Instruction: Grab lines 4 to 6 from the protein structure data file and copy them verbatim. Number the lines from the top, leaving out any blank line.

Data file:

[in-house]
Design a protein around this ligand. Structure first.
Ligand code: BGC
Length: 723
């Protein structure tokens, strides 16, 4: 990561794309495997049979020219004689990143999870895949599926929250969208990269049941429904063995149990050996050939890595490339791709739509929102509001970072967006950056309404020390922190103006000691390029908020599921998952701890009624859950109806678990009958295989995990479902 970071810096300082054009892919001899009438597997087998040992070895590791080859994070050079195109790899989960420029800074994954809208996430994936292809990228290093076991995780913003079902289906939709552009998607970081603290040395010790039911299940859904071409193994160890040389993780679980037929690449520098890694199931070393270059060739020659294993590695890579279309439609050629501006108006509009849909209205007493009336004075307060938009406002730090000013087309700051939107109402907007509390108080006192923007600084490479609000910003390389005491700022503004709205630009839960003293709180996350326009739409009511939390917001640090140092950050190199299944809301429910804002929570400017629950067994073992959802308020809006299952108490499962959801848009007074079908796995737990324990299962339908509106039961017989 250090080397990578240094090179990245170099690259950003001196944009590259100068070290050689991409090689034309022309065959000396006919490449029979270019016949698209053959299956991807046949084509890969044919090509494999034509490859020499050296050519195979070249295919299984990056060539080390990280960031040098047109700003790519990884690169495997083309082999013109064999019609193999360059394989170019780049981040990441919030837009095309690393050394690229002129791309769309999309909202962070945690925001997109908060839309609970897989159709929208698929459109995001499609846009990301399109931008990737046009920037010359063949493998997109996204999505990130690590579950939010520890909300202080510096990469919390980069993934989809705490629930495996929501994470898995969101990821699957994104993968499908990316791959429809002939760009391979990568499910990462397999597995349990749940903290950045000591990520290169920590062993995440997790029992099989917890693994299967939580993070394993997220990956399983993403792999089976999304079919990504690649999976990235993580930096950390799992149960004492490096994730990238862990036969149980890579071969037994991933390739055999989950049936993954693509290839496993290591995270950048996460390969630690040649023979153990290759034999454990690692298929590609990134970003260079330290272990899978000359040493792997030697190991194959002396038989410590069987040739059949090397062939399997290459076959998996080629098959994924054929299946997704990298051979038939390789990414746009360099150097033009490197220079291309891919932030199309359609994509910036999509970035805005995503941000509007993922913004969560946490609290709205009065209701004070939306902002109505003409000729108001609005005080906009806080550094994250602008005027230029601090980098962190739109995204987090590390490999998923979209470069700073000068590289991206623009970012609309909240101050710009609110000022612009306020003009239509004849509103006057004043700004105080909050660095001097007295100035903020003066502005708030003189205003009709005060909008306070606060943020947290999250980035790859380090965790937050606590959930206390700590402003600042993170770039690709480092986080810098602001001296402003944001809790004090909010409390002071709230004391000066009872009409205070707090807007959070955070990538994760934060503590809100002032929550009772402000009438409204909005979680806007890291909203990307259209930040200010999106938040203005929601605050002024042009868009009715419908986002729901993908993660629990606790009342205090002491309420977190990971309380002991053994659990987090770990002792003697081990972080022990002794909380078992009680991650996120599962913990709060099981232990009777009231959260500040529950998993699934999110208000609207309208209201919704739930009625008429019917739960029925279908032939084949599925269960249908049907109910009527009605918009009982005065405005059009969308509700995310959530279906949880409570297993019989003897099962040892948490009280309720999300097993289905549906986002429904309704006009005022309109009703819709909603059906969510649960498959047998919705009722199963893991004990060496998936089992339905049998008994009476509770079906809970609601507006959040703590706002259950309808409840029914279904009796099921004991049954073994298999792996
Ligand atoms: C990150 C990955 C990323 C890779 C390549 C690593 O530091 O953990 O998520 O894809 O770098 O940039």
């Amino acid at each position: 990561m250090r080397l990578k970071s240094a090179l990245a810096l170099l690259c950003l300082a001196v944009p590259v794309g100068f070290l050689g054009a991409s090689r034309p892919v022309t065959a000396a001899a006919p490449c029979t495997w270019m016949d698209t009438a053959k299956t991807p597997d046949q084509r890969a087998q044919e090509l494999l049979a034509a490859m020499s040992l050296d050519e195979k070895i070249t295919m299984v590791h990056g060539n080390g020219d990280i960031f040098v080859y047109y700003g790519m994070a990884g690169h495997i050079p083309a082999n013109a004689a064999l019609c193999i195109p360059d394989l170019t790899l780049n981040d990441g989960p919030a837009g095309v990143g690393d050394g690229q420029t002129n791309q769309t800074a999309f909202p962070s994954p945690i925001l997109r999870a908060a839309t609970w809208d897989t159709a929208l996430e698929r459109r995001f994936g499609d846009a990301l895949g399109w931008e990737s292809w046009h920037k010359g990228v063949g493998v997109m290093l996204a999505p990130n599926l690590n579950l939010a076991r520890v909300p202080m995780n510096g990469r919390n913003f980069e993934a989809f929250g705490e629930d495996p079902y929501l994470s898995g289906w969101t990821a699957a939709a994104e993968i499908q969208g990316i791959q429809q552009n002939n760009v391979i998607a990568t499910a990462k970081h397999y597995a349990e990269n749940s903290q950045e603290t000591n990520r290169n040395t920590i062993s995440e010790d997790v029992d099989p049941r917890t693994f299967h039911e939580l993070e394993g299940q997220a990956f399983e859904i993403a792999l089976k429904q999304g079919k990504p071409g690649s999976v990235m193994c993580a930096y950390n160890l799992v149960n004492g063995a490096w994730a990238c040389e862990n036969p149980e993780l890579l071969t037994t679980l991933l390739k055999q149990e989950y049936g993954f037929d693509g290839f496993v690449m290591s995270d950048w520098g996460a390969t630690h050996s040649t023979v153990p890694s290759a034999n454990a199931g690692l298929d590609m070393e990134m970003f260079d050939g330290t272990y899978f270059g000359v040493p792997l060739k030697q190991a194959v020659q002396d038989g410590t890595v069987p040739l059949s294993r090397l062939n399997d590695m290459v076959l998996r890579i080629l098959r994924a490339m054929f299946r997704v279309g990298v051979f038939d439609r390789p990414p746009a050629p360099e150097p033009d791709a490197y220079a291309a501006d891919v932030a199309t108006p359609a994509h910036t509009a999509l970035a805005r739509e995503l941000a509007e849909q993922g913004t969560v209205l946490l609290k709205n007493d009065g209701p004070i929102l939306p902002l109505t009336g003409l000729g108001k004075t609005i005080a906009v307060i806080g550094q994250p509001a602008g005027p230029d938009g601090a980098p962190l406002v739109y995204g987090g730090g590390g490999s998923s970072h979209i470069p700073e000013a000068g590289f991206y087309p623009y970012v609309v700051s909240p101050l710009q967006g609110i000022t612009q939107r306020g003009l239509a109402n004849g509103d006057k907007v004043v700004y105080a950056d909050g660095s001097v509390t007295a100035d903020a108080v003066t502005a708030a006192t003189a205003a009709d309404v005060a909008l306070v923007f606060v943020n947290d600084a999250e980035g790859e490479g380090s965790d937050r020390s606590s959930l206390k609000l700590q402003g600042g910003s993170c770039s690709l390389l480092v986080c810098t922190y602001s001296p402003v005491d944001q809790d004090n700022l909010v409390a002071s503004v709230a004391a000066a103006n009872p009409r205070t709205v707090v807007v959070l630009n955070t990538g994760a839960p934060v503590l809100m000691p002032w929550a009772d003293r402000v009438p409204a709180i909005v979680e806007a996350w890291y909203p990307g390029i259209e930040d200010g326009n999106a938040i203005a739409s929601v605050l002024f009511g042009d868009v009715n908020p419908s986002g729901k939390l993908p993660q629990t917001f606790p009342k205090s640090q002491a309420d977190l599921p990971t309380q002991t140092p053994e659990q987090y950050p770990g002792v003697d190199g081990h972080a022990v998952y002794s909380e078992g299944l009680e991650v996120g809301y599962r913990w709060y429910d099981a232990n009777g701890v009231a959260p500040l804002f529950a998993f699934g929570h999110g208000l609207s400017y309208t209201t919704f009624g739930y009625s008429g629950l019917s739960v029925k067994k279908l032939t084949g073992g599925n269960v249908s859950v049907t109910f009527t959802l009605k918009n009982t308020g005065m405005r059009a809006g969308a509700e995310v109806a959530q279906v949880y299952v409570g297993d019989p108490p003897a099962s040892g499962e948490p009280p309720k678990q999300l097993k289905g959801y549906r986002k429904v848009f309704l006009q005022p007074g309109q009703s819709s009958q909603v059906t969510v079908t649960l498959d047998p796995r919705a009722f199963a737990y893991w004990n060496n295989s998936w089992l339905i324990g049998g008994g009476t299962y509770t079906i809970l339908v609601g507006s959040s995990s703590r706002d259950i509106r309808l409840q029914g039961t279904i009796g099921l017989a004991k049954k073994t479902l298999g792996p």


Length: 723
């Protein structure tokens, strides 16, 4: 990561794309495997049979020219004689990143999870895949599926929250969208990269049941429904063995149990050996050939890595490339791709739509929102509001970072967006950056309404020390922190103006000691390029908020599921998952701890009624859950109806678990009958295989995990479902 970071810096300082054009892919001899009438597997087998040992070895590791080859994070050079195109790899989960420029800074994954809208996430994936292809990228290093076991995780913003079902289906939709552009998607970081603290040395010790039911299940859904071409193994160890040389993780679980037929690449520098890694199931070393270059060739020659294993590695890579279309439609050629501006108006509009849909209205007493009336004075307060938009406002730090000013087309700051939107109402907007509390108080006192923007600084490479609000910003390389005491700022503004709205630009839960003293709180996350326009739409009511939390917001640090140092950050190199299944809301429910804002929570400017629950067994073992959802308020809006299952108490499962959801848009007074079908796995737990324990299962339908509106039961017989 250090080397990578240094090179990245170099690259950003001196944009590259100068070290050689991409090689034309022309065959000396006919490449029979270019016949698209053959299956991807046949084509890969044919090509494999034509490859020499050296050519195979070249295919299984990056060539080390990280960031040098047109700003790519990884690169495997083309082999013109064999019609193999360059394989170019780049981040990441919030837009095309690393050394690229002129791309769309999309909202962070945690925001997109908060839309609970897989159709929208698929459109995001499609846009990301399109931008990737046009920037010359063949493998997109996204999505990130690590579950939010520890909300202080510096990469919390980069993934989809705490629930495996929501994470898995969101990821699957994104993968499908990316791959429809002939760009391979990568499910990462397999597995349990749940903290950045000591990520290169920590062993995440997790029992099989917890693994299967939580993070394993997220990956399983993403792999089976999304079919990504690649999976990235993580930096950390799992149960004492490096994730990238862990036969149980890579071969037994991933390739055999989950049936993954693509290839496993290591995270950048996460390969630690040649023979153990290759034999454990690692298929590609990134970003260079330290272990899978000359040493792997030697190991194959002396038989410590069987040739059949090397062939399997290459076959998996080629098959994924054929299946997704990298051979038939390789990414746009360099150097033009490197220079291309891919932030199309359609994509910036999509970035805005995503941000509007993922913004969560946490609290709205009065209701004070939306902002109505003409000729108001609005005080906009806080550094994250602008005027230029601090980098962190739109995204987090590390490999998923979209470069700073000068590289991206623009970012609309909240101050710009609110000022612009306020003009239509004849509103006057004043700004105080909050660095001097007295100035903020003066502005708030003189205003009709005060909008306070606060943020947290999250980035790859380090965790937050606590959930206390700590402003600042993170770039690709480092986080810098602001001296402003944001809790004090909010409390002071709230004391000066009872009409205070707090807007959070955070990538994760934060503590809100002032929550009772402000009438409204909005979680806007890291909203990307259209930040200010999106938040203005929601605050002024042009868009009715419908986002729901993908993660629990606790009342205090002491309420977190990971309380002991053994659990987090770990002792003697081990972080022990002794909380078992009680991650996120599962913990709060099981232990009777009231959260500040529950998993699934999110208000609207309208209201919704739930009625008429019917739960029925279908032939084949599925269960249908049907109910009527009605918009009982005065405005059009969308509700995310959530279906949880409570297993019989003897099962040892948490009280309720999300097993289905549906986002429904309704006009005022309109009703819709909603059906969510649960498959047998919705009722199963893991004990060496998936089992339905049998008994009476509770079906809970609601507006959040703590706002259950309808409840029914279904009796099921004991049954073994298999792996
Ligand atoms: C990150 C990955 C990323 C890779 C390549 C690593 O530091 O953990 O998520 O894809 O770098 O940039």